Finally you can start to develop your app for Apple iWatch, starting early 2015, you will be able to deliver innovative new experiences to your customers on their wrist.
WatchKit apps have two parts: A WatchKit extension that runs on iPhone and a set of user interface resources that are installed on Apple Watch. When your app is launched on Apple Watch, the WatchKit extension on iPhone runs in the background to update the user interface and respond to user interactions. WatchKit provides three opportunities to extend your iPhone app to Apple Watch: WatchKit apps, Glances, and actionable notifications.
This release of Xcode 6.2 with iOS 8.2 SDK beta includes WatchKit for building apps, Glances, and notifications for Apple Watch.
ASP.NET 5 is a lean .NET stack for building modern web apps. We built it from the ground up to provide an optimized development framework for apps that are either deployed to the cloud or run on-premises. It consists of modular components with minimal overhead, so you retain flexibility while constructing your solutions.
ASP.NET 5 includes the following features:
- New flexible and cross-platform runtime
- New modular HTTP request pipeline
- Cloud-ready environment configuration
- Unified programming model that combines MVC, Web API, and Web Pages
- Ability to see changes without re-building the project
- Side-by-side versioning of the .NET Framework
- Ability to self-host or host on IIS
- New tools in Visual Studio 2015
- Open source in GitHub
You can begin working with ASP.NET 5 by downloading Visual Studio 2015 Preview. For more information about what is included in this release, see the Visual Studio 2015 Preview.
Finally .NET Core will be open source, including the runtime as well as the framework libraries.
.NET Core is a modular development stack that is the foundation of all future .NET platforms It’s already used by ASPNET Core 5 and NET Native I’ll go into more detail on what NET Core is and how it relates to the NET Framework in a following blog post.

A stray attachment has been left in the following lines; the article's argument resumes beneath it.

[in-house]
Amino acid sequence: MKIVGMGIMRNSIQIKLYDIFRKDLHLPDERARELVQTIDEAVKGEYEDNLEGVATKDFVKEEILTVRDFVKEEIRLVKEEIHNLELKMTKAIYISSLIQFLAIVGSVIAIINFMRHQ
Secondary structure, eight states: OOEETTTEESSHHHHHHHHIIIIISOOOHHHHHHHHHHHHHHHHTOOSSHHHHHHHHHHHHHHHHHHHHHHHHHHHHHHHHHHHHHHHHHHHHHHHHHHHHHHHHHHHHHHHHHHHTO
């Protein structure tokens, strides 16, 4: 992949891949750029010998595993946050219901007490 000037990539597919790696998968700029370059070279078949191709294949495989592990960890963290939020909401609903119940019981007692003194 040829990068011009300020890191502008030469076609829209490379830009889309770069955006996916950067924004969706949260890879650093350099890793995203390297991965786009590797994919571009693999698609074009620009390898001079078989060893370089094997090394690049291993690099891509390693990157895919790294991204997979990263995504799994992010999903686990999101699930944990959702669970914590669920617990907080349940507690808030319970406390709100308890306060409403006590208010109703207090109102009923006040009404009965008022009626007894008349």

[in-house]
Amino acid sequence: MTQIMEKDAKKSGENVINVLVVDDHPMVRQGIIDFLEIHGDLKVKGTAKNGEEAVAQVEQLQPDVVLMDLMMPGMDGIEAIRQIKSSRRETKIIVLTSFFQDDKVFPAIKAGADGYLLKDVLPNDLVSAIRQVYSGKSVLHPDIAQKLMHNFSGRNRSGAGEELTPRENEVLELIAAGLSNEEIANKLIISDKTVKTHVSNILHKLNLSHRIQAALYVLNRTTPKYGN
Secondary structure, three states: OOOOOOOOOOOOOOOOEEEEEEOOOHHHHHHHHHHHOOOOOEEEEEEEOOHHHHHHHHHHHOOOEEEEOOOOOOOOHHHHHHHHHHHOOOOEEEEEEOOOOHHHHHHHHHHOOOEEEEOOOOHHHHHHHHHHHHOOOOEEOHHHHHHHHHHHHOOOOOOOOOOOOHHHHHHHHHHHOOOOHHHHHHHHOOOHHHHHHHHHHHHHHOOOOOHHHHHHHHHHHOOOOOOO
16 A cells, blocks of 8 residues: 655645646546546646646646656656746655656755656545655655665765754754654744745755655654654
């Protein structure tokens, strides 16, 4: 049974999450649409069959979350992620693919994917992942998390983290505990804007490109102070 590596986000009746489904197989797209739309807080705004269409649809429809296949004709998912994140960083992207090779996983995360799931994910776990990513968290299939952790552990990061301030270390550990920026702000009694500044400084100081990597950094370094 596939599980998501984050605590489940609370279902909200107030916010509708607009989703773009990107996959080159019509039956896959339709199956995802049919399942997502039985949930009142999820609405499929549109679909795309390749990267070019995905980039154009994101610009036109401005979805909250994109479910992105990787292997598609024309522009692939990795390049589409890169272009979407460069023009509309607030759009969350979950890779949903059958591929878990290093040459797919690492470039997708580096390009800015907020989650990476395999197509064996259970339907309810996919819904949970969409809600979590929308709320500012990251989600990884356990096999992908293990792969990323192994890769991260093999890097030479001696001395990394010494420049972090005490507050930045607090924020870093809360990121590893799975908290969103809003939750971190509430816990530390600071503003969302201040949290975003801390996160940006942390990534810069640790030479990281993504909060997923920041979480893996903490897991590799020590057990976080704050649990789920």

The code will be hosted on GitHub and published under a permissive MIT-style license.
In order to play with our bits or experiment with your own modifications you need to be able to build and run your own version of the libraries. We want to make this as easy as pie, so here it is:
The build only requires Visual Studio 2013 (i.e. it doesn’t require “Dev14”). It will build all the libraries and run the unit tests.
After Apple and IBM Forge Global Partnership to Transform Enterprise Mobility, Apple renewed AppleCare for Enterprise.
AppleCare for Enterprise provides IT department–level support for six technical contacts you designate. Support is available 24/7 with one-hour response times for top-priority issues.
It includes flexible service options, priority onsite services, and next-business-day device replacement and can be combined with the AppleCare iOS Direct Service Program, so you can replace your hardware without waiting for a technician.
You can replace up to 10 percent of your covered iPad and iPhone devices.
Microsoft Open Technologies is launching an iOS SDK and releasing a new version of the Android SDK.
These SDKs supplement the Visual Studio SDK that we have for developers. The iOS SDK supports Objective-C, with Swift support coming soon.
For more information check out the iOS and Android developer pages on the Office Dev Center.
I want to suggest a really good UI framework for WPF, your applications will be cool.
Modern UI is a set of controls and styles converting your WPF application into a great looking Modern UI app.
Continue reading →
Starting February 1, 2015, new iOS apps uploaded to the App Store must include 64-bit support and be built with the iOS 8 SDK, included in Xcode 6 or later.
To enable 64-bit in your project, we recommend using the default Xcode build setting of “Standard architectures” to build a single binary with both 32-bit and 64-bit code.
Apple will not remove any apps currently on the store.